For every action a reaction? The polarizing effects of women's rights and refugee immigration: A survey experiment in 27 EU member states

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Building on research on cultural threat-induced polarization, we investigate the effect of the individual-level salience of cultural threats on polarization between social liberals and conservatives. In a unique survey experiment conducted with 129,000 respondents nested in 208 regions in 27 European Union (EU) member states, we manipulate the presence of two cultural threats, women's rights, and refugee immigration, to test their polarizing effects on social liberals’ and social conservatives’ support for traditional values. We find that priming the threat of refugee immigration polarizes conservatives and liberals equally. Yet, introducing the salience of women's rights leads to lower preferences for traditional values, particularly among more liberal respondents. Our findings demonstrate: 1) the study of backlash should distinguish individuals by their predisposition to backlash, rather than studying the population as a whole; and 2) social conservatives’ backlash should be studied conjointly with social liberals’ counter-reactions to backlash. Future research may investigate why different cultural threats provoke different reactions.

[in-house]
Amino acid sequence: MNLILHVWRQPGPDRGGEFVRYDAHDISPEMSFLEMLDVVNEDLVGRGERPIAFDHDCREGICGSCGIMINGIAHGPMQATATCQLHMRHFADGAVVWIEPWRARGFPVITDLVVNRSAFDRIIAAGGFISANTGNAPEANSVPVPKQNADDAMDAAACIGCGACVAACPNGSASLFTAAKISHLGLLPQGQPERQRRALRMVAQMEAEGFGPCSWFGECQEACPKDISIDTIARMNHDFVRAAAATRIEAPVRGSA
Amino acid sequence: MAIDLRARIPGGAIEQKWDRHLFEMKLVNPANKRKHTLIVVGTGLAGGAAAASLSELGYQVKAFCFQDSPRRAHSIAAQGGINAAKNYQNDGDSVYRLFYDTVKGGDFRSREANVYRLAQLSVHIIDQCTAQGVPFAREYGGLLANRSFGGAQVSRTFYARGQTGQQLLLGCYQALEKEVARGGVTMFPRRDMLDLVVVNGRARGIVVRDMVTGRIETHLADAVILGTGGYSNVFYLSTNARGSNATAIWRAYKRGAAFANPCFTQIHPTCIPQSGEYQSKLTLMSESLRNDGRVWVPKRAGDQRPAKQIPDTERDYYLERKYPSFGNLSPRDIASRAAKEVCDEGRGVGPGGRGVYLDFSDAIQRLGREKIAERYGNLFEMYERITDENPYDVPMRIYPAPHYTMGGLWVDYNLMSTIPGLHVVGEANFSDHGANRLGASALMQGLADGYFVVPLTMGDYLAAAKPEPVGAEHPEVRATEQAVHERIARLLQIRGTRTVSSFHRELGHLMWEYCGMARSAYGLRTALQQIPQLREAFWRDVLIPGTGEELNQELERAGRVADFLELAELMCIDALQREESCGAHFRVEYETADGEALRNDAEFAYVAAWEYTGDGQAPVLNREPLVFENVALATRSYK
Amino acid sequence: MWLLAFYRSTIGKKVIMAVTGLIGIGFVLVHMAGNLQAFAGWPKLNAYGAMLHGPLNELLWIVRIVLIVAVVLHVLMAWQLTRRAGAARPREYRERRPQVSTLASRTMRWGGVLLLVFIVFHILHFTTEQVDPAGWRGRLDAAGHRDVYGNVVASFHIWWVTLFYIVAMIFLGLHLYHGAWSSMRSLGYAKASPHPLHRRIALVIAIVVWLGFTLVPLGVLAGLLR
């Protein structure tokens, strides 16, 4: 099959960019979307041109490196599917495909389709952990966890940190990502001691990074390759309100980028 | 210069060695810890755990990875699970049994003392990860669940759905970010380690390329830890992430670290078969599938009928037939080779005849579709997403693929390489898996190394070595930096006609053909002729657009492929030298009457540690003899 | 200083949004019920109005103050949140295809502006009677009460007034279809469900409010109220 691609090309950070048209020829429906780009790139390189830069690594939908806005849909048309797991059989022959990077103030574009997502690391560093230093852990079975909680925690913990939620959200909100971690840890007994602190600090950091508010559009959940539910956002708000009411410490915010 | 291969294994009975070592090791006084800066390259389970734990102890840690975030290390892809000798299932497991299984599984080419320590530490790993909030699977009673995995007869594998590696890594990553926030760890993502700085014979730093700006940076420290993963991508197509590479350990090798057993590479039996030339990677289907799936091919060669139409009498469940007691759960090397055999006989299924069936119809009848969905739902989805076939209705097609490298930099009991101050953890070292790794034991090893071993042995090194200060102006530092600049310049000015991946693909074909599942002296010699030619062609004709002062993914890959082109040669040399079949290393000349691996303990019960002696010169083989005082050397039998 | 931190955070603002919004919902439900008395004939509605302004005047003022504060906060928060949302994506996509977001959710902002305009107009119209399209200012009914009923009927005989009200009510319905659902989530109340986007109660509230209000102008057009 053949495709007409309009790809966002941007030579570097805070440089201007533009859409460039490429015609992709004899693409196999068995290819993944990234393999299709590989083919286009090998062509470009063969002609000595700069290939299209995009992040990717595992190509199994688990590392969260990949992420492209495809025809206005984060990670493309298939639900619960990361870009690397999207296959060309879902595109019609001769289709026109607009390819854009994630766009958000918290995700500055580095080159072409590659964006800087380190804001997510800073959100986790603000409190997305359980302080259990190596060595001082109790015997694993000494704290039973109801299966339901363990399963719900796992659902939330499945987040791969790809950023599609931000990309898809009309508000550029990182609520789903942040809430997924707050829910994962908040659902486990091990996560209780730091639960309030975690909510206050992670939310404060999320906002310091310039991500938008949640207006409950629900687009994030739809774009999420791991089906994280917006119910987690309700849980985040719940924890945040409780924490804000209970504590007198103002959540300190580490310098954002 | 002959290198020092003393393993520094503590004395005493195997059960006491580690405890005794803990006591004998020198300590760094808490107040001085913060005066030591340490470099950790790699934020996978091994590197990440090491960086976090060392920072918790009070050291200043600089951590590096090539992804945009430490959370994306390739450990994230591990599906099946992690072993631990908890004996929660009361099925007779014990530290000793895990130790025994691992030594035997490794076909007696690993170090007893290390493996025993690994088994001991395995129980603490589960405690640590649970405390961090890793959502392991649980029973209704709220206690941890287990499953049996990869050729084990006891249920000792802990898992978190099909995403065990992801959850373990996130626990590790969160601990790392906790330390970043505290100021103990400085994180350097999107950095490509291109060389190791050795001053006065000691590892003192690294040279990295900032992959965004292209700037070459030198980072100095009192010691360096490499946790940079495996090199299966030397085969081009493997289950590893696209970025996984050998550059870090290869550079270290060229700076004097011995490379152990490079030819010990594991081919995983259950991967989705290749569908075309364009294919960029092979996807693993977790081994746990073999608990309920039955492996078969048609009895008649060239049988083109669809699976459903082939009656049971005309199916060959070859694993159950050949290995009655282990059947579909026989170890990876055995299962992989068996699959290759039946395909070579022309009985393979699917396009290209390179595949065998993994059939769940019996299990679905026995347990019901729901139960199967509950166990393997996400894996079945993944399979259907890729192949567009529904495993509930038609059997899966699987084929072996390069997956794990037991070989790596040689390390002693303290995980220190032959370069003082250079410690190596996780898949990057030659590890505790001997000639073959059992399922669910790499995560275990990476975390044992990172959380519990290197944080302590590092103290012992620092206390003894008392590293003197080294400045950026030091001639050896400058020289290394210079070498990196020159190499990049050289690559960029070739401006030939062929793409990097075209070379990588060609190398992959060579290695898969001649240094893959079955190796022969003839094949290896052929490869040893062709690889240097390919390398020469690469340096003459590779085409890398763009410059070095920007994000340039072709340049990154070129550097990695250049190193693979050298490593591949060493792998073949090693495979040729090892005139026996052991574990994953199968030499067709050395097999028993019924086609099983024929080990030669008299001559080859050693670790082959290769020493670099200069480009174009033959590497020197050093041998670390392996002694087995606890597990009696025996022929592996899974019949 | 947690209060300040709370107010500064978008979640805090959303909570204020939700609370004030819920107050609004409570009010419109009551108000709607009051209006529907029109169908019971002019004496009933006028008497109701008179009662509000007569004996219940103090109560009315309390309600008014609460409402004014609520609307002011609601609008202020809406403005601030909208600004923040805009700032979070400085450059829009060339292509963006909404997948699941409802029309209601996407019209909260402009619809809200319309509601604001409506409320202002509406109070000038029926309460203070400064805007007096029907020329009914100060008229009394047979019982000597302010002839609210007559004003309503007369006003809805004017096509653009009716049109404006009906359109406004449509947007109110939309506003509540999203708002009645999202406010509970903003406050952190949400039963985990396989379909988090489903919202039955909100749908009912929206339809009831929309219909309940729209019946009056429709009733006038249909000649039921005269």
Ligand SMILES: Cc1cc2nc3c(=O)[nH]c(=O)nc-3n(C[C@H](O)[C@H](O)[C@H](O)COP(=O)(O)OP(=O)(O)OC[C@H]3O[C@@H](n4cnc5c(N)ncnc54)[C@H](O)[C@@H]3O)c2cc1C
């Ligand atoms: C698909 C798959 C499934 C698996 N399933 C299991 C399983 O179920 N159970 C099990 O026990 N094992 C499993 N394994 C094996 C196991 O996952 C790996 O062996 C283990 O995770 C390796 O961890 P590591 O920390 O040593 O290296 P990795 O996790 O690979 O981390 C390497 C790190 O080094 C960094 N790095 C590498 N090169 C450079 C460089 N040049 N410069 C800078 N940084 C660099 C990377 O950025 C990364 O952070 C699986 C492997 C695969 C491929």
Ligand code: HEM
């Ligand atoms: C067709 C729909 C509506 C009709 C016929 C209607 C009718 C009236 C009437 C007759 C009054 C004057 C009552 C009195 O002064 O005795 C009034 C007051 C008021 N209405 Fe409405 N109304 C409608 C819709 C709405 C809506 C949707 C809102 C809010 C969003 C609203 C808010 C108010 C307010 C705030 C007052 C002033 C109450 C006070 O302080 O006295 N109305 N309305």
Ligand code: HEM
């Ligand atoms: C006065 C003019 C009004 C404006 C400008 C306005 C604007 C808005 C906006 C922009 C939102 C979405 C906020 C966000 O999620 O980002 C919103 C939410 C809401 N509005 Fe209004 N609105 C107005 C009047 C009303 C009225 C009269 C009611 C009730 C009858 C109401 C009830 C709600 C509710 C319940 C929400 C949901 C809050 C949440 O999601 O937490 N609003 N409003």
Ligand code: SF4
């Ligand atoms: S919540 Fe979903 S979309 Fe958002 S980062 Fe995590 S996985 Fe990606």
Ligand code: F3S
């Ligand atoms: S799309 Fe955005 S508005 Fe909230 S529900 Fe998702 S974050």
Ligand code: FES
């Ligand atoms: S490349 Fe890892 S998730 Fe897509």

Original languageEnglish
JournalEuropean Journal of Political Research
Number of pages21
Publication statusE-pub ahead of print - 15.02.2024

Bibliographical note

Funding Information:
We wish to thank participants of the 10th Laboratory for Comparative Social Research International Workshop, members of the GEPOP research group at Gothenburg University, participants of the 2021 IPSA and NOPSA conferences, Olle Folke, Hanspeter Kriesi, Violetta Korsunova and the three anonymous reviewers along with the EJPR editors for valuable comments. Charron acknowledges partial funding by RJ sabbatical (SAB20‐0064), Wenner‐Grenstiftelserna (SSv2020‐0004), Vetenskapsrådet (no. 2019‐02636).

Publisher Copyright:
© 2024 The Authors. European Journal of Political Research published by John Wiley & Sons Ltd on behalf of European Consortium for Political Research.

    Research areas

  • cultural threats, polarization, refugee immigration, survey experiment, women's rights
  • Politics